3/23/08

Cantua buxifolia

I was at Annie's Annuals shopping for my client this morning (I'm a regular there now--I've been back three times since my first visit). Today I noticed Cantua buxifolia, "Sacred Flower of the Incas" with its long arching stems weighed down with tubular red flowers. I'd never seen it before and I bought two--one for the client, and one for me. Anyhow, I'm running Google searches on the plant name and found this absurd Inca legend, translated from a French source, on Wikipedia:
The Inca legend associated with the Cantuta is the tale of two kings named Illimani and Illampu, and their sons. Both kings were powerful and wealthy rulers of a vast country in the Kollasuyo region (today's Bolivian Altiplano), and both had a son they and their people held in great esteem. But as time passed, the kings became irritated at each other's prosperity, and eventually one of them attacked the other.

During the battle, both kings were mortally wounded by their counterpart, and were carried away. On their dying bed, both called their son and had them make the vow to avenge them, even if both sons were opposed to the war in the first place. Bound by their pledge, they prepared and led a second war even though they held no grudge against each other. History repeated, and both sons inflicted a fatal wound to the other.

But instead of harsh words, they generously forgave each other, and asked that their servants place them side by side on the green grass of the battlefield. Then appeared Pachamama, Goddess of Fertility, who told the young kings before they died that they shouldn't have suffered from their father's unjustified enmity. To punish their dead fathers, their stars fell from the sky, and became the snow covered mountains still named Illimani and Illampu, which are the highest peaks in the region.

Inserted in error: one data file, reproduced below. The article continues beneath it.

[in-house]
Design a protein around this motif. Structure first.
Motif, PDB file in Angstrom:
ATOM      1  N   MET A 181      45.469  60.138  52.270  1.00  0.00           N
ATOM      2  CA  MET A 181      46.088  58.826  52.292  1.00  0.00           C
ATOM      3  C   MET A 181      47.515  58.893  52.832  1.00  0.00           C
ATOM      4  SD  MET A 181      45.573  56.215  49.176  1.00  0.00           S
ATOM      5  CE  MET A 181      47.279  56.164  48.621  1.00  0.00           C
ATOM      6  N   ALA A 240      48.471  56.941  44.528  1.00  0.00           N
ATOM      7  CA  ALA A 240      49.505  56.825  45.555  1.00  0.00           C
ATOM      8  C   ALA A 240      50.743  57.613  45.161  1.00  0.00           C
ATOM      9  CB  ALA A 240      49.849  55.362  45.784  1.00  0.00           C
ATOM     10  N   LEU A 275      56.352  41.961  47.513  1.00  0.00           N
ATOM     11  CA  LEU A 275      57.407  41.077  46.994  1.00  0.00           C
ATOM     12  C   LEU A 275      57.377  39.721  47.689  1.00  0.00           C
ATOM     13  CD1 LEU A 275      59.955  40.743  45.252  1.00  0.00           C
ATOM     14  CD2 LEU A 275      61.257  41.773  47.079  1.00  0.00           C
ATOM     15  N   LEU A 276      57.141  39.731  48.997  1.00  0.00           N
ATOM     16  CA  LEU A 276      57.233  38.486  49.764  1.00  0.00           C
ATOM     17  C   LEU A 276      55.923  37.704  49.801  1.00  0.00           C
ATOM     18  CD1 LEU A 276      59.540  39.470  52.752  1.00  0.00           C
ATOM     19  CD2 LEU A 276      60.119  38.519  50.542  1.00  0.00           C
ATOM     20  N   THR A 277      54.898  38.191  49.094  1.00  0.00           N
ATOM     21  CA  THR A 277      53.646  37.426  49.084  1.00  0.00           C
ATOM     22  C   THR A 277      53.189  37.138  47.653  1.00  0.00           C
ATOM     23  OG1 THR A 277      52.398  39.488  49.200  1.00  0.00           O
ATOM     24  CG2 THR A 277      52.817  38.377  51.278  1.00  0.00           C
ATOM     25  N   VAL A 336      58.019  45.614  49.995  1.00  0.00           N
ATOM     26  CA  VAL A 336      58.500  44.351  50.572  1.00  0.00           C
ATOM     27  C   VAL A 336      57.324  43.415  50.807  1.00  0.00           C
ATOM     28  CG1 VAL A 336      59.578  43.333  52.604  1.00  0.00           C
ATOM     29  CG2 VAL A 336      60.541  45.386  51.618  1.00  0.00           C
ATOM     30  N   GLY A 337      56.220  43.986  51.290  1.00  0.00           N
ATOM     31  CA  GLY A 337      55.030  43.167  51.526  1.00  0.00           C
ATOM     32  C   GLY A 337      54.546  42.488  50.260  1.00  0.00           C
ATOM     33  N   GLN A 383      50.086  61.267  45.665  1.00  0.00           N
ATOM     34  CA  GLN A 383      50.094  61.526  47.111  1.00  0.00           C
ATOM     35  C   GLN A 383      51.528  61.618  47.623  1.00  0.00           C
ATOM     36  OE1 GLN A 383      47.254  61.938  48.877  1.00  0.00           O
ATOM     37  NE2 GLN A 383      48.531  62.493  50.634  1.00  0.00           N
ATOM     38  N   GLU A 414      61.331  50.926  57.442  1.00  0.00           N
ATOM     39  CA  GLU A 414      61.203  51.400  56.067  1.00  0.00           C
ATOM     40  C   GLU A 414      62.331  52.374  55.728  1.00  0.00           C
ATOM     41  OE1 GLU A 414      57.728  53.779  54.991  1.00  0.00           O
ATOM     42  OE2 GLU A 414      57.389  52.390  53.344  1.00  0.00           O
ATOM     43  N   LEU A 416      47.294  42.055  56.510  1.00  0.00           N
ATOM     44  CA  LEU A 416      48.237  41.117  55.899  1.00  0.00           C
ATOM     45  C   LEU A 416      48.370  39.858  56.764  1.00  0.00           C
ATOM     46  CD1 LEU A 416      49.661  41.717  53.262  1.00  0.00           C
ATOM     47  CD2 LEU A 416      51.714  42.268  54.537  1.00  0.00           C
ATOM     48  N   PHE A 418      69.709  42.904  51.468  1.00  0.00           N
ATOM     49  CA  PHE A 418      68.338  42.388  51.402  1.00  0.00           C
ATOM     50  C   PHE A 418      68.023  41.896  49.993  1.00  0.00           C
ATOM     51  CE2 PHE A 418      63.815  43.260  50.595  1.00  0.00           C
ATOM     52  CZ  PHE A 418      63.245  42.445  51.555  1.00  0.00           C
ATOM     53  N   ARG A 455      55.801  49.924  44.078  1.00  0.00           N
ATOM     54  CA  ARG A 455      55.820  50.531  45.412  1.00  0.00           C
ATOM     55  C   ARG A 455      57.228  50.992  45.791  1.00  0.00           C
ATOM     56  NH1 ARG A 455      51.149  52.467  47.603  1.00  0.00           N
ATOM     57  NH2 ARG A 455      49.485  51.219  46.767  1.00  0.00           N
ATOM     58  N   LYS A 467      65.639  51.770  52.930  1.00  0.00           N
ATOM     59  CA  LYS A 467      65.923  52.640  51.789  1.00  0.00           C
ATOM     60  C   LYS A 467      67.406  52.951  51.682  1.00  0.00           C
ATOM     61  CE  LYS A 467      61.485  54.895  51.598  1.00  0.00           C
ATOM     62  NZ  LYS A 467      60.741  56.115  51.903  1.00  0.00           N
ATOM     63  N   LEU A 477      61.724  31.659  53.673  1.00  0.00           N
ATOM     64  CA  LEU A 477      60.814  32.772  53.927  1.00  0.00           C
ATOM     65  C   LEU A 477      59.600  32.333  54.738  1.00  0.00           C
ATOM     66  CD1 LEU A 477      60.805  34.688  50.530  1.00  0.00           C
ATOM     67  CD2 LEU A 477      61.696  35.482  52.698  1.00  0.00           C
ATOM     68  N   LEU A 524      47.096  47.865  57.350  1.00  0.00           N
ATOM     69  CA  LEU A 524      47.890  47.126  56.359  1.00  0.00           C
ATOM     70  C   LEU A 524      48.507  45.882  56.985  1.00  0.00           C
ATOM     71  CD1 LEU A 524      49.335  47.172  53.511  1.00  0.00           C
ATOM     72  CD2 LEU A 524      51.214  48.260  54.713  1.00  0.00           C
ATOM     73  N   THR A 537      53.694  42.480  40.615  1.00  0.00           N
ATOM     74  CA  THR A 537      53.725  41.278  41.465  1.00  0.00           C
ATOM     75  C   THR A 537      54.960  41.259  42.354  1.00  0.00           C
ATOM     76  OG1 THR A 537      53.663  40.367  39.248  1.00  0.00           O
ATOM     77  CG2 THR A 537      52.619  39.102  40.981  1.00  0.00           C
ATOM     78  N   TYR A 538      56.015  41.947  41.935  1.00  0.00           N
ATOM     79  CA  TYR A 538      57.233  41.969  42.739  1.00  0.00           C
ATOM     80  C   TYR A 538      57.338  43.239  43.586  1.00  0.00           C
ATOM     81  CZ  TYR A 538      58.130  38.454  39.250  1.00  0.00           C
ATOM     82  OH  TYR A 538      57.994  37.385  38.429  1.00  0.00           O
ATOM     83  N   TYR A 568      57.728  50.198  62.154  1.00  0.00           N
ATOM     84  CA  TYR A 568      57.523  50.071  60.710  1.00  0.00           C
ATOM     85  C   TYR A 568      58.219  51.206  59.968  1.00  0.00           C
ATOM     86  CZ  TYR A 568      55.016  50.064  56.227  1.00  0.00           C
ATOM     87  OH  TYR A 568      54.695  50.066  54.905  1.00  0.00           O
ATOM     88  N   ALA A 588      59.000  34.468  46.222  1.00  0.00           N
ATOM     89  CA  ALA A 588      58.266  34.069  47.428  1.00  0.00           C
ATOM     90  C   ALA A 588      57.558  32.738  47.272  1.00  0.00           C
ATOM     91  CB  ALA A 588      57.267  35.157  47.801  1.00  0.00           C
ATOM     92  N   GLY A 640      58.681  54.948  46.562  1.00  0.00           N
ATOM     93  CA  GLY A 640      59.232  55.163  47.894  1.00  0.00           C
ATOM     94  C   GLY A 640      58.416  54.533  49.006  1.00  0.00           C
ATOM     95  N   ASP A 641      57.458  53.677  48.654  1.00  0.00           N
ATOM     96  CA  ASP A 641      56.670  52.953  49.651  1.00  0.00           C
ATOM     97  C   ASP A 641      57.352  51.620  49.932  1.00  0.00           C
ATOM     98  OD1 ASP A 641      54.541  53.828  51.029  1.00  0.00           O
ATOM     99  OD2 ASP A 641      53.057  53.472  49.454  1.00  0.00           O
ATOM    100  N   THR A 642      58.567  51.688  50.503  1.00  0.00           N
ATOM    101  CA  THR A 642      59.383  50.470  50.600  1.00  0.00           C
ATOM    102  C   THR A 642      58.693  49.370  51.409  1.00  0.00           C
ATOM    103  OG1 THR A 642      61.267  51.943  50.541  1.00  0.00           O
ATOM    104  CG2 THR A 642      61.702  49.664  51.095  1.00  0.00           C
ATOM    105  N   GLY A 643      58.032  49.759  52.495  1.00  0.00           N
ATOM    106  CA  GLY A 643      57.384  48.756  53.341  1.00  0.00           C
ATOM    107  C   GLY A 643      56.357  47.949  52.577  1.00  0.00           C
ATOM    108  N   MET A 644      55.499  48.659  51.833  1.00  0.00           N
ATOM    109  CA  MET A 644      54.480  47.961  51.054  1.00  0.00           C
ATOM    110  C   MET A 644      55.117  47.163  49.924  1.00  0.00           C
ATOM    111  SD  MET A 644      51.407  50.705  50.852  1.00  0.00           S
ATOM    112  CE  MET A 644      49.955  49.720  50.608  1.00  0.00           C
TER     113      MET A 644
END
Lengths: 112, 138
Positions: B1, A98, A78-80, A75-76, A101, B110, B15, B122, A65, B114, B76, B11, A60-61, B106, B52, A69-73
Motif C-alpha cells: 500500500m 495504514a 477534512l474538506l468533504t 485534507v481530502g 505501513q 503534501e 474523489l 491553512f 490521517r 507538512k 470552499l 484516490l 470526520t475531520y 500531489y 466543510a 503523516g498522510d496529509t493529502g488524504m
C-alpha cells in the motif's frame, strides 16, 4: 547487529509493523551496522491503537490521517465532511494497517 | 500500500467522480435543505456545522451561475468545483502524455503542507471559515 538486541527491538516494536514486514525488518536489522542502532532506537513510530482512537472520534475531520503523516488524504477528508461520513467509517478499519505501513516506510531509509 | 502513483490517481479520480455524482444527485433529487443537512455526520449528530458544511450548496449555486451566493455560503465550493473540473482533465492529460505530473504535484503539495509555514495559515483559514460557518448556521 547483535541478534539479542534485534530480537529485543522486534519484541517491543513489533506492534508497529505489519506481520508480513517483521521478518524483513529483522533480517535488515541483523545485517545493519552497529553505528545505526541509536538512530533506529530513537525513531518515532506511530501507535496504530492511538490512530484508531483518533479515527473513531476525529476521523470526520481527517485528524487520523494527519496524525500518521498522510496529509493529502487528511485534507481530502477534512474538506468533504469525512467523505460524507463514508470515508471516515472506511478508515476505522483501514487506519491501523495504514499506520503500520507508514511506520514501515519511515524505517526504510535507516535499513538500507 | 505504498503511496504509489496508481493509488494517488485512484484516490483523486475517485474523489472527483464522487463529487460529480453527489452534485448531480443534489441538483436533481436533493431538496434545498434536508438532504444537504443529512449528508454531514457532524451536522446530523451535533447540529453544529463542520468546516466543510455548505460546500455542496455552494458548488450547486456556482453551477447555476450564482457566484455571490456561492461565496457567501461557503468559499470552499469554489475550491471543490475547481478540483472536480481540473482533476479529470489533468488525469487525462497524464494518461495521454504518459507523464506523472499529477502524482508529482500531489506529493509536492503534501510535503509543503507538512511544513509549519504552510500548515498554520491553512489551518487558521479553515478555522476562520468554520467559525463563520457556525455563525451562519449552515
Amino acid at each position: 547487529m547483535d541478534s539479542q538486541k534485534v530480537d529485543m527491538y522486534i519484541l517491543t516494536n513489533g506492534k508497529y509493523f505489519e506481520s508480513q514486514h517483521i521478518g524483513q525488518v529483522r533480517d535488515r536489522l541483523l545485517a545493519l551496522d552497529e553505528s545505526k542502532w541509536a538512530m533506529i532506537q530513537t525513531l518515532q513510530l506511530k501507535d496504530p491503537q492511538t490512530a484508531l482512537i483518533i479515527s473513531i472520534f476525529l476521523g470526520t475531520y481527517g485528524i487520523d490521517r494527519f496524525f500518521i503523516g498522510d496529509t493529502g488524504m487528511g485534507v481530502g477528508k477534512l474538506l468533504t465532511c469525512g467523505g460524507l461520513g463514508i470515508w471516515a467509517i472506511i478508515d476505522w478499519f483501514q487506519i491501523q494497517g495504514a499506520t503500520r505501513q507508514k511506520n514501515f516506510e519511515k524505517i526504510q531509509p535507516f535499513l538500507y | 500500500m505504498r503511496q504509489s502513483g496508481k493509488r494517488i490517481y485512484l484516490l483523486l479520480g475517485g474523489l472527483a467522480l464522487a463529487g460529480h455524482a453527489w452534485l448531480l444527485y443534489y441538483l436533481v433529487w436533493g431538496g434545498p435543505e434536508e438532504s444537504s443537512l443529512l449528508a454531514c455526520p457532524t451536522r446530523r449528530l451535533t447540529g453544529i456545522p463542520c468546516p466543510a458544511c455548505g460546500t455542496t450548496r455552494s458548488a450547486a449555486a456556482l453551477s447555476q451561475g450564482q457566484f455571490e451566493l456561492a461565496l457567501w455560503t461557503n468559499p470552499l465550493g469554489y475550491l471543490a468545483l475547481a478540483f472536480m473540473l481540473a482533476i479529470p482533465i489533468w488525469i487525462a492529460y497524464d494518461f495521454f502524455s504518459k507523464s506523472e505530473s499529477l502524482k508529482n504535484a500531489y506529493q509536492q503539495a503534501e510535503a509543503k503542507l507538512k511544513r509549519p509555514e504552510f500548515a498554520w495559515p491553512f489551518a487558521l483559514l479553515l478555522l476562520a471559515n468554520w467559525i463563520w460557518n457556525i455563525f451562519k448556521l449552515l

The rivers of their snow slowly melting are their tears of regret, and fertilized the valleys. The Cantuta bloomed as a symbol of the people's unity, and bear the two colours of the king's sons (red and yellow), as well as green (standing for hope).
Plant legends crack me up. I just wanted to share.

This is the picture from Wikipedia:

Kantutas_Taquile

6 comments:

Gardener of La Mancha said...

And I thought you avoided red flowers...

chuck b. said...

It's true! Except for Epilobium, Keckiella, Aquilegia formosa (which combines red with yellow--absolutely my most hated color pairing), and scarlet flax (excellent with Calif. poppy). And now Cantua.

mmw said...

You can have a cutting of my yellow one.

chuck b. said...

Mmm, I'd love one.

Do you have to stake it?

lisa said...

I was just going to ask where the yellow is on the flower...duh.

Terra Hangen said...

I am going to post about my gorgeous cantua plants on my blog, and found your post today.
My two bushes are each 6 feet tall, and loaded with brilliant red flowers on the tips of gracefully arching branches.
In answer to do they need to be staked, asked by one of your commenters, No. Mine are not staked.
Terra at terragarden.blogspot.com